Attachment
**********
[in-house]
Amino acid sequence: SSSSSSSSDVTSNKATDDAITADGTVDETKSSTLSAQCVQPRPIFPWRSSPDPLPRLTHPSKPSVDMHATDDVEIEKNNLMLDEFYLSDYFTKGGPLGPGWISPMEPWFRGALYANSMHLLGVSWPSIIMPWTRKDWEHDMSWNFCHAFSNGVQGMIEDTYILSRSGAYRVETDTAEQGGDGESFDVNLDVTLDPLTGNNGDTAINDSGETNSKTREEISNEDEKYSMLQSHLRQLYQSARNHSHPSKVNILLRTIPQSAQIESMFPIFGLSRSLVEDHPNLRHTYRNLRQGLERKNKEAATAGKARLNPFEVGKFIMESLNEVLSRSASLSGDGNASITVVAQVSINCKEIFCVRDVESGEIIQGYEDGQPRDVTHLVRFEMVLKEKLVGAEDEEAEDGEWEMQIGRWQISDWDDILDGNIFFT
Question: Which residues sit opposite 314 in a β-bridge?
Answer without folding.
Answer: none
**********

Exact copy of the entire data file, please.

[in-house]
Amino acid sequence: SSSSSSSSDVTSNKATDDAITADGTVDETKSSTLSAQCVQPRPIFPWRSSPDPLPRLTHPSKPSVDMHATDDVEIEKNNLMLDEFYLSDYFTKGGPLGPGWISPMEPWFRGALYANSMHLLGVSWPSIIMPWTRKDWEHDMSWNFCHAFSNGVQGMIEDTYILSRSGAYRVETDTAEQGGDGESFDVNLDVTLDPLTGNNGDTAINDSGETNSKTREEISNEDEKYSMLQSHLRQLYQSARNHSHPSKVNILLRTIPQSAQIESMFPIFGLSRSLVEDHPNLRHTYRNLRQGLERKNKEAATAGKARLNPFEVGKFIMESLNEVLSRSASLSGDGNASITVVAQVSINCKEIFCVRDVESGEIIQGYEDGQPRDVTHLVRFEMVLKEKLVGAEDEEAEDGEWEMQIGRWQISDWDDILDGNIFFT
Question: Which residues sit opposite 314 in a β-bridge?
Answer without folding.
Answer: none